"It’s important to listen to fans about what’s important to them, but it’s equally important to listen to people who are not currently gamers about why they aren’t playing. Hardcore gamers want a product that is made specifically for them and is actively unfriendly to anyone new. They will beg and bully to get this product and then praise and wax nostalgic over any game that lives up to their standards even if the company that made it went bankrupt. They don’t care about keeping companies in business or artists employed. Their only job as fans is to say what pleases them, and it would be foolish to expect them to think beyond that. But to cater to those desires without thinking about how to bring new audiences in and make them comfortable will ultimately result in a stagnant and money-losing industry.
"I could go on and on about this, but I’m just going to consider one example: the word ‘noob.’ If you decide to take up almost any other hobby in the world, you can find beginning classes teaching you how to do it. If you want to knit, you can go to a yarn store and meet fellow knitters who will help you get the basics. If you want to play basketball, you can join a rec center or community league at a beginner level. And generally, the people already involved in those hobbies are thrilled to have someone with whom they can share their passion. But if you want to get started as a gamer, you get told, ‘go home noob,’ because people in this hobby hate newcomers so much they turned the word itself into an insult. How are we supposed to thrive as an industry if we are actively hostile to growing our audience?"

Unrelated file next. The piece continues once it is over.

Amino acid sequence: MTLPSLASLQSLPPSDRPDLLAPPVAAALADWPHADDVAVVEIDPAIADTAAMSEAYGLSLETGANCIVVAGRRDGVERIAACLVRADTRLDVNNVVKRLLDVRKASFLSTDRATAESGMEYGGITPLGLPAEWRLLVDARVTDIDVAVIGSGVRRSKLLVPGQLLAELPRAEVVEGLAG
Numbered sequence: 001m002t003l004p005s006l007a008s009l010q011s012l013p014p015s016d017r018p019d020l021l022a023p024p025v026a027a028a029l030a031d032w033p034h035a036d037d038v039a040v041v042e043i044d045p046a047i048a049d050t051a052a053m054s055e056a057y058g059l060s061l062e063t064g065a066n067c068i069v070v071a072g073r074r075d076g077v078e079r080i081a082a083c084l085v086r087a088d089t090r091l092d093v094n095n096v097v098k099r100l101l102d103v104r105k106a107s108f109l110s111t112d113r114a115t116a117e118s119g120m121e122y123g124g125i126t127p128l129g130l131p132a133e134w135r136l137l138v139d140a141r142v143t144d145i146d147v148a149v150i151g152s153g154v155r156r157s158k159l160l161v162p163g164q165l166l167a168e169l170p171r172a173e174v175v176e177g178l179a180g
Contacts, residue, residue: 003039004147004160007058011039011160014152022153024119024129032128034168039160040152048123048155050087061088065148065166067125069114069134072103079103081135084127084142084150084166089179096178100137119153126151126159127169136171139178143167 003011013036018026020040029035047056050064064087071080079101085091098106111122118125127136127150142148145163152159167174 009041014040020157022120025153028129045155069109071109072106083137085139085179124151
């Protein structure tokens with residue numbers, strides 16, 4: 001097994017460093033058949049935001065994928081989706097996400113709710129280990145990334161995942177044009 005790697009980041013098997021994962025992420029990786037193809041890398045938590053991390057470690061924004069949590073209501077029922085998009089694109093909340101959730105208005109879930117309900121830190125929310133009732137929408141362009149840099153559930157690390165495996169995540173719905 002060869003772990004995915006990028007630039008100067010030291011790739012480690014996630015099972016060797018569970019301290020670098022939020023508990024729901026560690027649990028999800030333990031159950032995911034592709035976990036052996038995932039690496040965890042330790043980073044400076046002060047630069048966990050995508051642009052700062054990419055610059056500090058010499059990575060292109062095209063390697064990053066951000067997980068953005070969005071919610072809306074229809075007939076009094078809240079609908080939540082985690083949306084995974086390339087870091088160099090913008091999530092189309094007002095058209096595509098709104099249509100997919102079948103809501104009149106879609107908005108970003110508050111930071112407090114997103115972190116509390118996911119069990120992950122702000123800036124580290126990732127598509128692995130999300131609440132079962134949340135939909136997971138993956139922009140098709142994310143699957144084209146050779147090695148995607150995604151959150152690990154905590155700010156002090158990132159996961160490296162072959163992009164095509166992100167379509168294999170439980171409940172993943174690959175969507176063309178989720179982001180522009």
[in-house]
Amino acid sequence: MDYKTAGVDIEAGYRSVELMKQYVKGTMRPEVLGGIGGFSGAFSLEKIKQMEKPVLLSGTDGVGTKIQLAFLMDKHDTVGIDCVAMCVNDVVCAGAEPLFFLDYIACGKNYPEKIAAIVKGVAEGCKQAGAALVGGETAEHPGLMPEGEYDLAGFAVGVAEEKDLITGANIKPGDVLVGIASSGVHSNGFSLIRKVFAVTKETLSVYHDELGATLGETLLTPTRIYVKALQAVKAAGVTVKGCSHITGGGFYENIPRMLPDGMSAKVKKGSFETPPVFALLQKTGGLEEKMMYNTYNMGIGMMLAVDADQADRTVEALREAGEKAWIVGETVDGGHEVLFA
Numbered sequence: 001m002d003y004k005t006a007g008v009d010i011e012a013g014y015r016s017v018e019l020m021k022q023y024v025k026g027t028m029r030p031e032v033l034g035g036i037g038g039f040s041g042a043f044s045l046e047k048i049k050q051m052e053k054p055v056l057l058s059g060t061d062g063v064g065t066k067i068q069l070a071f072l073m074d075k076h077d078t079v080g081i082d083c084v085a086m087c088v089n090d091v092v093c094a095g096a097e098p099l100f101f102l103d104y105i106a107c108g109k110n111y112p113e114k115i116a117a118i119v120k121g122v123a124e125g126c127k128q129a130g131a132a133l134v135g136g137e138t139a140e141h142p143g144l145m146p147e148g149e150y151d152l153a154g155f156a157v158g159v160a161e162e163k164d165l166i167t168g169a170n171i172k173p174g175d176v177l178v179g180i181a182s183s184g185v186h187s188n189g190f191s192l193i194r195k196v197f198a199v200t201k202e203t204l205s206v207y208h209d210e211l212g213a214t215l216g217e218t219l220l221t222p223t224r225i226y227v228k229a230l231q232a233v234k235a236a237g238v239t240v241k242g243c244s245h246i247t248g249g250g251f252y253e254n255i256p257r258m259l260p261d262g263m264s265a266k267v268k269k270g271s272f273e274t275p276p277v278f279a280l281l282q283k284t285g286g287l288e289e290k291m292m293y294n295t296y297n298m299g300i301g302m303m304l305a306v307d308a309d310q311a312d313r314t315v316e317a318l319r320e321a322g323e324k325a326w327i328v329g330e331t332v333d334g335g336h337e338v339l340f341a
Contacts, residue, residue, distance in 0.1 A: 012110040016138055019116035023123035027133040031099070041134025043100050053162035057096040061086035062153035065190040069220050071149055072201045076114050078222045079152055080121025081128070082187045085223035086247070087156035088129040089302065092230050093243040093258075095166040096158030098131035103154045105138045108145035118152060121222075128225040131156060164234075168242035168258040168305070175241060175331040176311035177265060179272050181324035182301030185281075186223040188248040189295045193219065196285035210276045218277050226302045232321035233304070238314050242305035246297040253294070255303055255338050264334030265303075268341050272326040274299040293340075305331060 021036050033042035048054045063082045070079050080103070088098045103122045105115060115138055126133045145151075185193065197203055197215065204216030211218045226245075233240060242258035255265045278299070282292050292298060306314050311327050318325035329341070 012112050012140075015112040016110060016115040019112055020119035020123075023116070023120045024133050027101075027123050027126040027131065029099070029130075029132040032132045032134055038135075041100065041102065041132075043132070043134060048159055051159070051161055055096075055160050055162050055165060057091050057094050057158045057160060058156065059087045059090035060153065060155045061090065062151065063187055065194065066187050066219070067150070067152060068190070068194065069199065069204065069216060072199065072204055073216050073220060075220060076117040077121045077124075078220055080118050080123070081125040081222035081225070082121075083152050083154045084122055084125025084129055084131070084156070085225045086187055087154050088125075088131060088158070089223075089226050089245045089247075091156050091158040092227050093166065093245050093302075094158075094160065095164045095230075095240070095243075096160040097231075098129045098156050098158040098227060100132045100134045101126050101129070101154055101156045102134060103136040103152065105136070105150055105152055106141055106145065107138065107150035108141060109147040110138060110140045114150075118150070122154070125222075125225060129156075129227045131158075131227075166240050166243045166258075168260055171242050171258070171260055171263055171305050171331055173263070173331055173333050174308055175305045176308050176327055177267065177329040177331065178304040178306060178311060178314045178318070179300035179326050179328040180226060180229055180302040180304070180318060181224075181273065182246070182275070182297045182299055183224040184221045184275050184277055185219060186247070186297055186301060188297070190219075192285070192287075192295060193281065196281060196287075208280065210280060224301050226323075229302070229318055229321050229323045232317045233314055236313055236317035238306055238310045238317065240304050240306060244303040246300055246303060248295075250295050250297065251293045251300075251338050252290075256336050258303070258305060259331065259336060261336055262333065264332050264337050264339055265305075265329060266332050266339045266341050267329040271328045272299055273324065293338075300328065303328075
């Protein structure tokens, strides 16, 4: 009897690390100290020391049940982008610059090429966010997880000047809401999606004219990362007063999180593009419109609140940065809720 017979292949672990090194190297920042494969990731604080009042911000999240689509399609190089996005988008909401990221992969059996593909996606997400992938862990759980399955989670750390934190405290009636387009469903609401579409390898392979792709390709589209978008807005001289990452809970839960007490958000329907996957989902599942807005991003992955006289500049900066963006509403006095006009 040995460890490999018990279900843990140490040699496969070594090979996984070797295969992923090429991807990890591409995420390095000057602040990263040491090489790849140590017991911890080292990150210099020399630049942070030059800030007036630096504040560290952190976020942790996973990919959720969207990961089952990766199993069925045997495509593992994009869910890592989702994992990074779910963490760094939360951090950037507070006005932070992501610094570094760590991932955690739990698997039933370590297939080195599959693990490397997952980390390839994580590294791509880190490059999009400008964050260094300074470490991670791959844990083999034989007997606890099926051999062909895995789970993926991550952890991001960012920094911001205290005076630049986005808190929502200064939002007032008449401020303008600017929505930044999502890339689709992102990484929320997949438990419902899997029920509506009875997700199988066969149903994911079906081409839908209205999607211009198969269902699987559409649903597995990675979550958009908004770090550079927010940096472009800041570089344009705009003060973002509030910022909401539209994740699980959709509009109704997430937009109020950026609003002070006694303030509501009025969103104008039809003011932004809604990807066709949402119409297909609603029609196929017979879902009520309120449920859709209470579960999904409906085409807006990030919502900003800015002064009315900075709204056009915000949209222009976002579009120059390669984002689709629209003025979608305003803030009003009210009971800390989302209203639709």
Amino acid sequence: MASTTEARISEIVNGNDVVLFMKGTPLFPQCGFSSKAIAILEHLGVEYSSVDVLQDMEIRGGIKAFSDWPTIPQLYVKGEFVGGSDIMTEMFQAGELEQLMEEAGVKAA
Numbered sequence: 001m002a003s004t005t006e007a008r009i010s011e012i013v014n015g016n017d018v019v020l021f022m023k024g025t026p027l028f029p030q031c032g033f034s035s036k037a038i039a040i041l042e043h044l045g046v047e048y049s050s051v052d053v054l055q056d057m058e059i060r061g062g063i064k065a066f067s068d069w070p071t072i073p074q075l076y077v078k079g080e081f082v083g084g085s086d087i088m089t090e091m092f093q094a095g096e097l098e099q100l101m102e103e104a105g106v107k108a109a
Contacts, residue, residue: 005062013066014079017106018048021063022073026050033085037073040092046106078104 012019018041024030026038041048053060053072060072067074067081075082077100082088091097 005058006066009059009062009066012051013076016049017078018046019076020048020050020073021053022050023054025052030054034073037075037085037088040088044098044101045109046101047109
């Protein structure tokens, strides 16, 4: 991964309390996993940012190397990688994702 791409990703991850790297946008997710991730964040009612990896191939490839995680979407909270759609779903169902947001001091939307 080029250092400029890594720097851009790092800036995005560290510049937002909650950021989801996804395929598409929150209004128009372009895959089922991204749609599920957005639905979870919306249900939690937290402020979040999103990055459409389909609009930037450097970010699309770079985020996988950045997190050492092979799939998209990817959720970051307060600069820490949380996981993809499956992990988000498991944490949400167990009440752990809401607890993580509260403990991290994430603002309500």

- Jennifer Hepler (source)
I’m not sure how to comment on this truthbomb more than to say “THIS,” because—on top of being the right fucking thing to do—making a more inclusive environment for all kinds of gamers is the only logical growth strategy. Now someone tell every other game company to read this as well.
The same can also be applied to comic books.